General Motors issued the biggest recall in auto history nine months ago. What caused this extraordinary event? A design flaw that GM knew about for 10 years that caused the engine, steering, brakes and airbags to suddenly shut down, leaving drivers vulnerable to horrific crashes. Despite the serious risks, G.M. dealers are turning away drivers who are forced to wait for months for repairs to the deadly defect.
Another Woman Killed Because G.M Dealers Refused to Make Repairs
25 year-old Brittany Alfarone tried twice to have the ignition switch of her 2006 Chevrolet Cobalt repaired, but dealers refused. The first certified G.M. dealer claimed the car was ineligible for repairs because she bought it from a towing company following a crash. The second certified G.M. dealer told her the car had already been repaired before she bought it and was safe to drive. Tragically, she believed him.
Now it is too late. On the evening of October 9th, Ms. Alfarone was
killed in a wreck that so badly damaged her automobile that
investigators may not be able to retrieve data from the black box to
determine what happened. However, police have cited a faulty ignition
switch as the likely culprit. On the night of the accident, a witness
saw Ms. Alfarone trying to regain control of her car before it hit a
guardrail and burst into flames. Experts found that the nature of her
injuries suggest that the airbags did not deploy. Ms. Alfarone’s mother
also noted that the engine of her daughter’s car had suddenly shut off a few weeks earlier after hitting a bump in the center lane of a
congested Bronx, NY parkway.
G.M. Dealers Lack Parts and Loaner Cars
Despite its link to what GM admits are at least 30 fatalities — a number that is in the hundreds according to plaintiff lawyers — and numerous serious injuries, the
defective ignition switch remains in thousands of vehicles. G.M. blames owners for not seeking repairs, an assertion that is as shocking as it is false.
G.M. dealers report that they cannot keep up with the high demand for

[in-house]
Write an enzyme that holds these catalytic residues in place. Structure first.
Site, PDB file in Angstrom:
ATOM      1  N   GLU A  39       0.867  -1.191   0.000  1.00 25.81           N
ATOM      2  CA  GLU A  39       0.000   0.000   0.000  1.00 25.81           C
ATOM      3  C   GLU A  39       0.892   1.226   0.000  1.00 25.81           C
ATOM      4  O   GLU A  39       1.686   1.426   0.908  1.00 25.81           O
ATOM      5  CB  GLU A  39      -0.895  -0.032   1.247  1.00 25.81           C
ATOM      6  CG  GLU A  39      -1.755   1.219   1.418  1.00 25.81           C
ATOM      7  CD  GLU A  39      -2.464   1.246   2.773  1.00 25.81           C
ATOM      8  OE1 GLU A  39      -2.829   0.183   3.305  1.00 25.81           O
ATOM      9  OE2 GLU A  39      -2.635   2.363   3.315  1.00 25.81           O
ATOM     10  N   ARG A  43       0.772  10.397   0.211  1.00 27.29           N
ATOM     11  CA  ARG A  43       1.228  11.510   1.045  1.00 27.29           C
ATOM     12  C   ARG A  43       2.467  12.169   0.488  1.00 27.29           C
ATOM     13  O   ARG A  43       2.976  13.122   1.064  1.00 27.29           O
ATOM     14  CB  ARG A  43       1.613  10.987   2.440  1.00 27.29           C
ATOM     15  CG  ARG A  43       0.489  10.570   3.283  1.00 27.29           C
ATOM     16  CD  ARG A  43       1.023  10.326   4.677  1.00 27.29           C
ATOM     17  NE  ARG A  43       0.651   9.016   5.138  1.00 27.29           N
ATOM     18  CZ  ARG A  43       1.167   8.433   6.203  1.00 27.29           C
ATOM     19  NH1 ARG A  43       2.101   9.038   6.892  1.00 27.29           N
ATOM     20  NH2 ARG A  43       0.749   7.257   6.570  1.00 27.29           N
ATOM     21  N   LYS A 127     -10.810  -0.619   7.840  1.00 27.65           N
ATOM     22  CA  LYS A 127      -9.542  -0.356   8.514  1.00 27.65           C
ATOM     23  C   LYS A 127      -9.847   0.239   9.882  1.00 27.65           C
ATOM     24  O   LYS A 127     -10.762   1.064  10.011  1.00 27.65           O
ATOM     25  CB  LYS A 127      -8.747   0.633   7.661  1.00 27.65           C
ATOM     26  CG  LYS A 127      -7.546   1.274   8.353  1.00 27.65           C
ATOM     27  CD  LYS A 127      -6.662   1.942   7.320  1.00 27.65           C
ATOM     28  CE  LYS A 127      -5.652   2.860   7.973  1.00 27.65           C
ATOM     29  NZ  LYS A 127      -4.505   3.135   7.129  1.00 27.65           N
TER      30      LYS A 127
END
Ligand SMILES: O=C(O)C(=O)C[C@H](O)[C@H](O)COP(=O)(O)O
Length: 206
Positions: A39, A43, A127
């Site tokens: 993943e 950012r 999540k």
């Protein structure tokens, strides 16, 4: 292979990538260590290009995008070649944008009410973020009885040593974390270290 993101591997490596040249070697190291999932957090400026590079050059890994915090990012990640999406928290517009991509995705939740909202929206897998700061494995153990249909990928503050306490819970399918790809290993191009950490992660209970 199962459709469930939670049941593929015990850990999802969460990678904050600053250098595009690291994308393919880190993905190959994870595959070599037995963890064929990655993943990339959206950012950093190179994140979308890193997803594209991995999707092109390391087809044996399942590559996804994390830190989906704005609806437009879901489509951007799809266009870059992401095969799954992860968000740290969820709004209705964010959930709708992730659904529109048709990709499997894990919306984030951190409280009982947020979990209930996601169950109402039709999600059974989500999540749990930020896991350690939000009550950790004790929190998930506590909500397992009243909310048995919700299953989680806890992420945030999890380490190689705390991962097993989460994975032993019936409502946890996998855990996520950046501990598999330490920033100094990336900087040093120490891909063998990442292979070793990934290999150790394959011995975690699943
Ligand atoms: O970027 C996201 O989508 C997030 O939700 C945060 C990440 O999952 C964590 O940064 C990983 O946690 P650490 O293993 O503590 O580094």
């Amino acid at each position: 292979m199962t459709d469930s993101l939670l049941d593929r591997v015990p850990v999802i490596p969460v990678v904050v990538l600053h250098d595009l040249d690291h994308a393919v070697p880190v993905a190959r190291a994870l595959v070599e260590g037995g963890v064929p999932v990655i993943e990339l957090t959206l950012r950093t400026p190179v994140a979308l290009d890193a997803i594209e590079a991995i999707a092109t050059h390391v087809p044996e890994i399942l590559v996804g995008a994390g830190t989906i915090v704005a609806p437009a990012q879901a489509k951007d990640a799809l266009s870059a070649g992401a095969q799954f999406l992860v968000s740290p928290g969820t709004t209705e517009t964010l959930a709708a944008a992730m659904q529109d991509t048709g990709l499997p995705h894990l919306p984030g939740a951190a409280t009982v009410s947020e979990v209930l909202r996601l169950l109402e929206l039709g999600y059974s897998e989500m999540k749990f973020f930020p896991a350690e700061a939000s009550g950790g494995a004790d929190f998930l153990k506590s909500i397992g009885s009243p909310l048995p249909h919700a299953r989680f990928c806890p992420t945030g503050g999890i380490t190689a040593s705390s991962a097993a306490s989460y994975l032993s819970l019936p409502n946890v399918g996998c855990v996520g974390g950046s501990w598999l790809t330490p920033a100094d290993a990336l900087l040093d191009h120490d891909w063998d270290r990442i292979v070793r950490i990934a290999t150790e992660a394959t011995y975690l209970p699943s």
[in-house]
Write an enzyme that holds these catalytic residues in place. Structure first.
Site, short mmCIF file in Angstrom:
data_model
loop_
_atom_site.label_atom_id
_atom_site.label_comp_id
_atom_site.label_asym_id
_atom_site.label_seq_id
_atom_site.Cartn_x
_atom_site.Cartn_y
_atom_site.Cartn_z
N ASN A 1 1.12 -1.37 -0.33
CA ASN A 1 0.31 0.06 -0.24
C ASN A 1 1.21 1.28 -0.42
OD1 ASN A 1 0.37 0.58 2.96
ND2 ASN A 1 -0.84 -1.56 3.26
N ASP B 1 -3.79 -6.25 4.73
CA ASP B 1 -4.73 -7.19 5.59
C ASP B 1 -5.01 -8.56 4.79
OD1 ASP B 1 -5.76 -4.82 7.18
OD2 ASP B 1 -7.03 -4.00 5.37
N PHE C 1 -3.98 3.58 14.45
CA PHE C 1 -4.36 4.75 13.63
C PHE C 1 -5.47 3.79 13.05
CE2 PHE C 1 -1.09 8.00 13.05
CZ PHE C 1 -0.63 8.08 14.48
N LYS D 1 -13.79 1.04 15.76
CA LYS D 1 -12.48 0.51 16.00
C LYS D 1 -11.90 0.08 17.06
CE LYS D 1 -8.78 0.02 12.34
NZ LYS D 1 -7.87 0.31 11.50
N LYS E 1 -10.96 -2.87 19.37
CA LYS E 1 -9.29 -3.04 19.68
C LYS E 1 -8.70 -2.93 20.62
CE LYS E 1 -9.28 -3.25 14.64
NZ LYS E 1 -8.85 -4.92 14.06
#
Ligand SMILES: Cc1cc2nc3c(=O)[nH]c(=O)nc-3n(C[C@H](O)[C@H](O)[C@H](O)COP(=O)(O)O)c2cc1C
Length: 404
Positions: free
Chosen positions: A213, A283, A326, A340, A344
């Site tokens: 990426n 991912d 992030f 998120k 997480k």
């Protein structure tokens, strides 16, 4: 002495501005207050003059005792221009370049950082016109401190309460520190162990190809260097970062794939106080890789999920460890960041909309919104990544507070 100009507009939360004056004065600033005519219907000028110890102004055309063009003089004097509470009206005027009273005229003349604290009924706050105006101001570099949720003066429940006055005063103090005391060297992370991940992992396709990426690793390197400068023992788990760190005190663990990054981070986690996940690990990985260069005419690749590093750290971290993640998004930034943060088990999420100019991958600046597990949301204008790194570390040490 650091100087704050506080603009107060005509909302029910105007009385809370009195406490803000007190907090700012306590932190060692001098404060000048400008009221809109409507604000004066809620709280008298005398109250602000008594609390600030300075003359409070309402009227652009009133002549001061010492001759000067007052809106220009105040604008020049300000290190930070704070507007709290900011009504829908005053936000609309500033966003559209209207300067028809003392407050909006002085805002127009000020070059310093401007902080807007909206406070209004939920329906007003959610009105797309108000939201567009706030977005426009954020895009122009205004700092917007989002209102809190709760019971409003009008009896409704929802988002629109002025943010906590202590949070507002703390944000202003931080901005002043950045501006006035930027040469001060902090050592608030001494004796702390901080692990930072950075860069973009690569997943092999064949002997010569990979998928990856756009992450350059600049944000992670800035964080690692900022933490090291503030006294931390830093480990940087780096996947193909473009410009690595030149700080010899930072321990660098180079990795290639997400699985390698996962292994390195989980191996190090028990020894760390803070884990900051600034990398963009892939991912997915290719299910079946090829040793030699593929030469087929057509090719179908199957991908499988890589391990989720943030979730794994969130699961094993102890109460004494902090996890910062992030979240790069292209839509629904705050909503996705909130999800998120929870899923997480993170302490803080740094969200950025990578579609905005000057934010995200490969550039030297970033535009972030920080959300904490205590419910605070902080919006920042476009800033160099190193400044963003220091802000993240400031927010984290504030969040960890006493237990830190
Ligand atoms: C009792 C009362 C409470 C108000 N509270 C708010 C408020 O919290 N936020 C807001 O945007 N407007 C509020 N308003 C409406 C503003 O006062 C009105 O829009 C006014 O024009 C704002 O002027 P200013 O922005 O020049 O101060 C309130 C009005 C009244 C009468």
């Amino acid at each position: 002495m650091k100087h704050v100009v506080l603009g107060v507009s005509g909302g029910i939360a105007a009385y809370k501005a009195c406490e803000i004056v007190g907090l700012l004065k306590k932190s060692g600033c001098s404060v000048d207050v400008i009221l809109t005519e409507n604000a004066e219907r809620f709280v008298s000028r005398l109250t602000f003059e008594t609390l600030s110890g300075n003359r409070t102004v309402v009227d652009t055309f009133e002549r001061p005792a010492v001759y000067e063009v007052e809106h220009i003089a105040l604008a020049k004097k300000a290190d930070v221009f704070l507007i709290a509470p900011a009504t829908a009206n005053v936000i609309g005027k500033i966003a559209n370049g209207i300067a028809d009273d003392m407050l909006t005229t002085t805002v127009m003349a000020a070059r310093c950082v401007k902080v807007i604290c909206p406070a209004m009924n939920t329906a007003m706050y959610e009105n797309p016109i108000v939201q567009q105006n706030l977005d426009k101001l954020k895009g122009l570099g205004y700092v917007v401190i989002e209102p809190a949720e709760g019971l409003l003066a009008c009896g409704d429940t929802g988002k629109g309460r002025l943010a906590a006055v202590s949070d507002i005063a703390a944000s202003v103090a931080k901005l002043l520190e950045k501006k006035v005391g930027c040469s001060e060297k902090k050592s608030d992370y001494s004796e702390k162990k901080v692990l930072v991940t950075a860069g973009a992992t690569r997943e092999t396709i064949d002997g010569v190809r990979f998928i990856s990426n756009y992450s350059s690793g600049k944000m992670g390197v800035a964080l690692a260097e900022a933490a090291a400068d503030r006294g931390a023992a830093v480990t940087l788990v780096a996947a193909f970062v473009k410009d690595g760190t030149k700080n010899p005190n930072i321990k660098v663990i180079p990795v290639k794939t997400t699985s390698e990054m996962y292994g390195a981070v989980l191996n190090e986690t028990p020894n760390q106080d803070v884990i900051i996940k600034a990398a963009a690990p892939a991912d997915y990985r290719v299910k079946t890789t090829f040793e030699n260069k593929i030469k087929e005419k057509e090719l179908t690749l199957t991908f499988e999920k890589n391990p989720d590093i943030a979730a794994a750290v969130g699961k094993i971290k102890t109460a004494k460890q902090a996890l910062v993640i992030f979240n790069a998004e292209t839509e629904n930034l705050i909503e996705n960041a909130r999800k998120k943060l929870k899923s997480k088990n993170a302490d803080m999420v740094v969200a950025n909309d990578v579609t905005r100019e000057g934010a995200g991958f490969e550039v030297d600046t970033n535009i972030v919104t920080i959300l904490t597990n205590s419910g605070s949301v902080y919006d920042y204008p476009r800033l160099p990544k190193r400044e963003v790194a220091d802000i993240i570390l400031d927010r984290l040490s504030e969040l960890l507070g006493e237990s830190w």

ignition switch repairs or enough lack parts to complete repairs.
In addition, dealers have not had loaner cars available, as offered by
G.M. during the recall. In most areas of the United States, we need our
cars. With minimal public transportation and spread out suburbs, the
Dallas-Fort Worth area is representative of much of the country. It is
ridiculously unrealistic to expect anybody to function without driving
for the weeks and months it is taking for repairs to be made.
therefore, continue to drive their recalled vehicles because they simply have no other options for getting to work, driving their kids to school and shopping for groceries and other necessities. G.M. boasts that the
company has loaned more than 89,000 cars to drivers waiting on ignition
switch repair — this equals less than four percent of the number of
recalled cars on the road.
G.M. Pleads Bankruptcy As A Bar to Pre-2009 Deaths And Injuries
Yesterday, the company filed new documents in which it said that its 2009 bankruptcy prohibited the heirs of any driver who was killed or its customers who injured from receiving compensation.
Were You Injured Due To A Defective Ignition Switch?
Berenson Law represents victims injured in defective G.M. vehicles.
I am shocked that G.M. has not fulfilled its obligations to its
customers. By delaying repairs, G.M. is continuing to put drivers at
serious risk. If you or a loved one have suffered
injuries because of a faulty G.M. part, our law firm can help. Call
Berenson Law at 817-885-8000 or toll-free at 1-888-801-8585 to schedule
your free case evaluation.